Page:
Upcoming Supreme Court Term Includes Important Cases on Civil Rights, Constitutional Liberties, States’ Rights

Introduction

As the Supreme Court considers a First Amendment challenge to the McCain-Feingold campaign finance law argued in early September, a series of other important cases concerning constitutional and civil liberties will be presented to the Court during its 2003-04 term.

A dozen of the more than 35 cases already scheduled for review by the Court beginning in October raise fundamental civil rights and constitutional liberties concerns. For example, the Court will decide whether to further expand its series of “states’ rights” rulings to invalidate another portion of the Americans with Disabilities Act as well as to exempt a state from court enforcement of a consent decree previously agreed to by the state. It will consider whether the Constitution requires a state to pay for a student’s religious education. The Court will also take up a case raising the potentially far-reaching question of when gerrymandering of congressional districts based on partisan politics is unconstitutional.

In addition to cases already on the Court’s docket, the court is actively considering whether to take other controversial cases, such as lower court decisions striking down a congressional attempt to control content on the Internet and an appeals court ruling on the pledge of allegiance. The Court is expected to add more cases to its docket during the week of September 29.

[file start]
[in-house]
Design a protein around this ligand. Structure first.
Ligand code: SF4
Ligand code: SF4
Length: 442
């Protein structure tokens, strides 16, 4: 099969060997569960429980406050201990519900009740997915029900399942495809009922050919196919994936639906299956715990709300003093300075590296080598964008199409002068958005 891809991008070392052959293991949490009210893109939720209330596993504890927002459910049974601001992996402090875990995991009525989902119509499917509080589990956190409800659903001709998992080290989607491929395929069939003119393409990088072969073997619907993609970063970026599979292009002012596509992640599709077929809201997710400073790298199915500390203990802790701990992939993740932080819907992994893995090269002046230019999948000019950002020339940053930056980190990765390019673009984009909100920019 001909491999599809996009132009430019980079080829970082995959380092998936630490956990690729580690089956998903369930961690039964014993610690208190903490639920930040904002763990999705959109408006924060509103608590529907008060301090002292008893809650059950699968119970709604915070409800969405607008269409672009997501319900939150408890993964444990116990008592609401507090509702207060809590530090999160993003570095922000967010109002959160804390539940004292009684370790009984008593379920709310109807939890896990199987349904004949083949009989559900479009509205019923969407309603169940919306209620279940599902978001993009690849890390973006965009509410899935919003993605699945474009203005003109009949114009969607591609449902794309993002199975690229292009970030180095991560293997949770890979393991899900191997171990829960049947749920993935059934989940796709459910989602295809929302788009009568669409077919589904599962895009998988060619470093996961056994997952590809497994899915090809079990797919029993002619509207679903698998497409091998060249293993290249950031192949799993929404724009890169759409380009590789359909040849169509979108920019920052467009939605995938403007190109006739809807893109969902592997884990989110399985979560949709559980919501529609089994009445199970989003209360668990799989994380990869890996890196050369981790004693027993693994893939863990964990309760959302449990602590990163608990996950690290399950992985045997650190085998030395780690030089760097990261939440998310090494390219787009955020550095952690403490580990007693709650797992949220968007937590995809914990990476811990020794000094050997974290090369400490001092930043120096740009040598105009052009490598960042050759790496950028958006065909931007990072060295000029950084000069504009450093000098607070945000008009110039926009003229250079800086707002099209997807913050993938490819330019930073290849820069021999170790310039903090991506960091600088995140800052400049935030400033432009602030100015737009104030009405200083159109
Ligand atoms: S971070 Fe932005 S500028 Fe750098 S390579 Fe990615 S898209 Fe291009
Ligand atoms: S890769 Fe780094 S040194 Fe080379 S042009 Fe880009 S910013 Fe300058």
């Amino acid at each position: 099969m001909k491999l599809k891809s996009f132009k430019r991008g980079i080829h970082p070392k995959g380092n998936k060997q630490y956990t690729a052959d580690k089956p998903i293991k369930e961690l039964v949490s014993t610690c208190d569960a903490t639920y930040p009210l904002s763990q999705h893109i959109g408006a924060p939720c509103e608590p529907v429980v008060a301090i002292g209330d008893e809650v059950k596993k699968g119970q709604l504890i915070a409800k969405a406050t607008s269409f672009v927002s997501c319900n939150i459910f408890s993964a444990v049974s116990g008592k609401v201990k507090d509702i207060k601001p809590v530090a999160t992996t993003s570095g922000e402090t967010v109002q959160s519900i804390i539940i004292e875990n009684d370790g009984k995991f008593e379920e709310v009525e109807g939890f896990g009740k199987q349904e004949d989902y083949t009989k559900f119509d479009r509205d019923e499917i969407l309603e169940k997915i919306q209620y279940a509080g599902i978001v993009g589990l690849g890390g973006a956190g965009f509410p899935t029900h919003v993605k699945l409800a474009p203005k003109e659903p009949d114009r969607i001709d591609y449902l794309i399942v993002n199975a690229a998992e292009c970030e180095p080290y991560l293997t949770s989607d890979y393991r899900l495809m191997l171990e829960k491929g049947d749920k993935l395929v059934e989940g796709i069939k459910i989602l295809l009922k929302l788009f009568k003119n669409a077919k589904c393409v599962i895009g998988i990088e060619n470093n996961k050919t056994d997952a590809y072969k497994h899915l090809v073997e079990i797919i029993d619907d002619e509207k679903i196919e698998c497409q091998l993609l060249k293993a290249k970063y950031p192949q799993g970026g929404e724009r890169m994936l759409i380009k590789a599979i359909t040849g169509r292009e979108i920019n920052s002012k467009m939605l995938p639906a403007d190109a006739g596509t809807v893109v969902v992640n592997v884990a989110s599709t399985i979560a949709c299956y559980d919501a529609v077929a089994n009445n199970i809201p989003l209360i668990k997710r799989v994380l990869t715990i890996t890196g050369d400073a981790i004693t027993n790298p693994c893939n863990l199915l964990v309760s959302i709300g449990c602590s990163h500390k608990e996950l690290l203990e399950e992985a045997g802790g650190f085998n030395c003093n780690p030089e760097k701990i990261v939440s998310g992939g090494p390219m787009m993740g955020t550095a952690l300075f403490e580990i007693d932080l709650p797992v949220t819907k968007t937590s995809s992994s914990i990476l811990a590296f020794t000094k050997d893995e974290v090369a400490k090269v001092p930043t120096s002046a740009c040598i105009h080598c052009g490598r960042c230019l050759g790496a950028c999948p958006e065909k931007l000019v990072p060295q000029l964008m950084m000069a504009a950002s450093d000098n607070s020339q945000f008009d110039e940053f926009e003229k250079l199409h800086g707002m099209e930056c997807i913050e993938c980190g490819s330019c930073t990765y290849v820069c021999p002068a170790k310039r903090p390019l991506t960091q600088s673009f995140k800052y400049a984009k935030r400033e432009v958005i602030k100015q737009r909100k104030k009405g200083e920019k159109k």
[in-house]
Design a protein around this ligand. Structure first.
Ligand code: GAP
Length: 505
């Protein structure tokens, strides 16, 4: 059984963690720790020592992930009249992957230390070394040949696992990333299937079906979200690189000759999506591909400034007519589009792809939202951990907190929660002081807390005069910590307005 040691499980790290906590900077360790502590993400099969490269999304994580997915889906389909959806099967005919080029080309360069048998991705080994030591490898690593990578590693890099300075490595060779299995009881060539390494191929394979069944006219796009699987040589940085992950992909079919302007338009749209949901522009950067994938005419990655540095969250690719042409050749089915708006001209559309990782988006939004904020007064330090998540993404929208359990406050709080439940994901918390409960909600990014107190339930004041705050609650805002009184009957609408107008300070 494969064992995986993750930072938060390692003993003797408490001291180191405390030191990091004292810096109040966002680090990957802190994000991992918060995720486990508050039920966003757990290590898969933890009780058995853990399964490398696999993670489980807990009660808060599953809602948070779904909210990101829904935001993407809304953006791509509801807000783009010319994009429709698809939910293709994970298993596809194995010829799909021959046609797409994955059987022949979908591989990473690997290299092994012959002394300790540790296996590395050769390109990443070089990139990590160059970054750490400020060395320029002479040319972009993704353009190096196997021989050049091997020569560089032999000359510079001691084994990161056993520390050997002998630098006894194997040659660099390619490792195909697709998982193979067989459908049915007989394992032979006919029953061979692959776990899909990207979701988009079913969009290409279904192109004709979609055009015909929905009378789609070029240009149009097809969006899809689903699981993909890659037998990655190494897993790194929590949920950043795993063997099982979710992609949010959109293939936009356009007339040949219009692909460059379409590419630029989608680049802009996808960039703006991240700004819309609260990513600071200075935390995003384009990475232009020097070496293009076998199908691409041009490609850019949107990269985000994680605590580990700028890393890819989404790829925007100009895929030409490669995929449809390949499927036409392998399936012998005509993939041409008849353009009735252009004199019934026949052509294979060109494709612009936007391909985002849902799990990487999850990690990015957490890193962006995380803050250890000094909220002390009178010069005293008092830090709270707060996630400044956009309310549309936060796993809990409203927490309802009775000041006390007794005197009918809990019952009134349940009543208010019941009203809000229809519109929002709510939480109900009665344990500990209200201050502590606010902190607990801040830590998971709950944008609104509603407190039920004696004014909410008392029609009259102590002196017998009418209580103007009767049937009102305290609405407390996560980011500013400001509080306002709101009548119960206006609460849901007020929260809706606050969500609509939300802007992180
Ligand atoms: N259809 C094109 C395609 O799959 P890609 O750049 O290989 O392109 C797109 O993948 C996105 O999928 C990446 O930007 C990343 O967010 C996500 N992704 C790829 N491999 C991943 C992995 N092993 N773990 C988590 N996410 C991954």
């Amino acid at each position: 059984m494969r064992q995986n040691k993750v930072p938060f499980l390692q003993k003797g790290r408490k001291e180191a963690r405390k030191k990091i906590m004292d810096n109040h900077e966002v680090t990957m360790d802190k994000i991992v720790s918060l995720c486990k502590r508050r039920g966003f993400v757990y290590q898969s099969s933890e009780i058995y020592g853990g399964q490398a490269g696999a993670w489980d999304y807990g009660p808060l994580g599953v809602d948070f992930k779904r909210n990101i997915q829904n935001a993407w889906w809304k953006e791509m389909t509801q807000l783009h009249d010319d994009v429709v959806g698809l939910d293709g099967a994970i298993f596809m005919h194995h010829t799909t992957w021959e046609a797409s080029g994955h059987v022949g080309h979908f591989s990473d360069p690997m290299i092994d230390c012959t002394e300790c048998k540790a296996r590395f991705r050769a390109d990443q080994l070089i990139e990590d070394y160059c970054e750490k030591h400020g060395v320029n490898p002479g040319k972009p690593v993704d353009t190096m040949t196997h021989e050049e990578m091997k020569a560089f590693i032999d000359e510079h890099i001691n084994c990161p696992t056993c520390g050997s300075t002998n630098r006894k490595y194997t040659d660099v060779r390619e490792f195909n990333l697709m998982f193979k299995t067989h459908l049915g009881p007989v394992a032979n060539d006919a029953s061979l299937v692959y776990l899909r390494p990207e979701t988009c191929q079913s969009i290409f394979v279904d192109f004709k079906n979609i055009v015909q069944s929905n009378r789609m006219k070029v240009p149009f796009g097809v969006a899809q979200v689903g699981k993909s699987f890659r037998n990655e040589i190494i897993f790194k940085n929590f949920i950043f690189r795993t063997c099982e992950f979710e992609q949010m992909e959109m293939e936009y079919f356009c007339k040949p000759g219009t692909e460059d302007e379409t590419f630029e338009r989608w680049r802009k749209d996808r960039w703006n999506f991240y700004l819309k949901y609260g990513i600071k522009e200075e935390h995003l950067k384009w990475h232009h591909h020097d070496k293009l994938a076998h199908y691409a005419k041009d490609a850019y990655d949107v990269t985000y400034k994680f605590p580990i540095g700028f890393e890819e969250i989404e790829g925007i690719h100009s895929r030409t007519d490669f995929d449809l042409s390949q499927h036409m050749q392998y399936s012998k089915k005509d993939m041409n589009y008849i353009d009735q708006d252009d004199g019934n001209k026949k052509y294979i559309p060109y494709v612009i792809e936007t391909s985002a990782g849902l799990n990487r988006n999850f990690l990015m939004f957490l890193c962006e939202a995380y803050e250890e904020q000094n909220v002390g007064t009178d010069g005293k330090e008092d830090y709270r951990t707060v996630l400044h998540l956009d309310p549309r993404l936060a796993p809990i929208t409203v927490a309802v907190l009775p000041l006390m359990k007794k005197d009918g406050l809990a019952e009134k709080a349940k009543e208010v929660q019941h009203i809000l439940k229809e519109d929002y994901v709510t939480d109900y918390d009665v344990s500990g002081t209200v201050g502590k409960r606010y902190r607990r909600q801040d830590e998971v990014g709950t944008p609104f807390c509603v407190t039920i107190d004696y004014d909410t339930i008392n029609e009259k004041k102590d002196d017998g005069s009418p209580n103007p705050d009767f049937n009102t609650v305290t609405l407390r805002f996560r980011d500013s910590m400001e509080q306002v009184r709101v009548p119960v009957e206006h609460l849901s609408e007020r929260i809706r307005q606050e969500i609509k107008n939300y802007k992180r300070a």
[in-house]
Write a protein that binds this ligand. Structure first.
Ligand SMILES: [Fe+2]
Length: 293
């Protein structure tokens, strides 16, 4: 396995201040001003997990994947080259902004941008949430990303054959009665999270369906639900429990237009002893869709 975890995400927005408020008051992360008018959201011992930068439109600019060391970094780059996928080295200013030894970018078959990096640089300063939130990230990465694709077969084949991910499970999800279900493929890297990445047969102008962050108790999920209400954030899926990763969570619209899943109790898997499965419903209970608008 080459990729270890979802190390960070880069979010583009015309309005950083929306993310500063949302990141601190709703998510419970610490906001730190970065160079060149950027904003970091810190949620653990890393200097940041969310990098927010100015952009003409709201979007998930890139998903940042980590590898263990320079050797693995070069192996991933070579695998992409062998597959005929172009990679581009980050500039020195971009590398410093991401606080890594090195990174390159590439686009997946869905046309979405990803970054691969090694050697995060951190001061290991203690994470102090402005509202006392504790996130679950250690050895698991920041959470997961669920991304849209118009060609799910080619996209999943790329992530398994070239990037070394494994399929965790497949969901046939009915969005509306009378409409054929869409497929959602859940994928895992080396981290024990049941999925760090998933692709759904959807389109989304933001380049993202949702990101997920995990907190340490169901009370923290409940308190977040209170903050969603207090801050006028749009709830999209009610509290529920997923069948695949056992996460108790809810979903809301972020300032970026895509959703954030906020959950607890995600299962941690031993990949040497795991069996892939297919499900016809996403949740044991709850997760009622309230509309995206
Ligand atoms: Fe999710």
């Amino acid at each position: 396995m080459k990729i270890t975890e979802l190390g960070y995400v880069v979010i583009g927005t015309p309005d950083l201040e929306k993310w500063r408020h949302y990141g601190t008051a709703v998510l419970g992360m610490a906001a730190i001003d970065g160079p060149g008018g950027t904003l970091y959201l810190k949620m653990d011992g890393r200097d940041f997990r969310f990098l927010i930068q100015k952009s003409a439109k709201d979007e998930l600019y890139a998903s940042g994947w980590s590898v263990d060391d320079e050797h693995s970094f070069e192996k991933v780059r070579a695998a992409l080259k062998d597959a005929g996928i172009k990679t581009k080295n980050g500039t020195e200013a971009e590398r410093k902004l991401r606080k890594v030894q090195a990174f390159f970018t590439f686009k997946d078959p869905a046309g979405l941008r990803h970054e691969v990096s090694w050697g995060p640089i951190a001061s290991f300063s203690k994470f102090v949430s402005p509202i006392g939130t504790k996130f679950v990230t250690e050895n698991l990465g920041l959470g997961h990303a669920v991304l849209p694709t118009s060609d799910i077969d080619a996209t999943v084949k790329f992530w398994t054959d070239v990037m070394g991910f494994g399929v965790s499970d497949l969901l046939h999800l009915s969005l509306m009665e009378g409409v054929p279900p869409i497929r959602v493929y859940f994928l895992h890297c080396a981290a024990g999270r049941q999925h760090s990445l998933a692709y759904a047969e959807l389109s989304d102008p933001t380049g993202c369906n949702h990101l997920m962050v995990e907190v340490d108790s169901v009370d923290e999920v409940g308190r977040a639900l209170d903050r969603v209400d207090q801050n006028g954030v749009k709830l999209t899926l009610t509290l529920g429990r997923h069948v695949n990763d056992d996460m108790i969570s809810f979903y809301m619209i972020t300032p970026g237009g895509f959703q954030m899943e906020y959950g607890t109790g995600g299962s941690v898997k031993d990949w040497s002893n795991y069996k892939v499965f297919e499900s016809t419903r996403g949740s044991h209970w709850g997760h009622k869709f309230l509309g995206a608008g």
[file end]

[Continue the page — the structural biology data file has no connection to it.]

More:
Summarized in this memo are some of the non-criminal cases already scheduled to be heard by the Court in 2003-04 that raise civil rights and civil liberties issues. Many of these and other cases will likely be decided by very narrow margins, demonstrating the impact that future Supreme Court nominees will have on the Court and on American society. Although People For the American Way Foundation has not been directly involved in all the cases discussed below, PFAWF attorneys are available to discuss the issues raised in these cases and others that may come before the Supreme Court this term.

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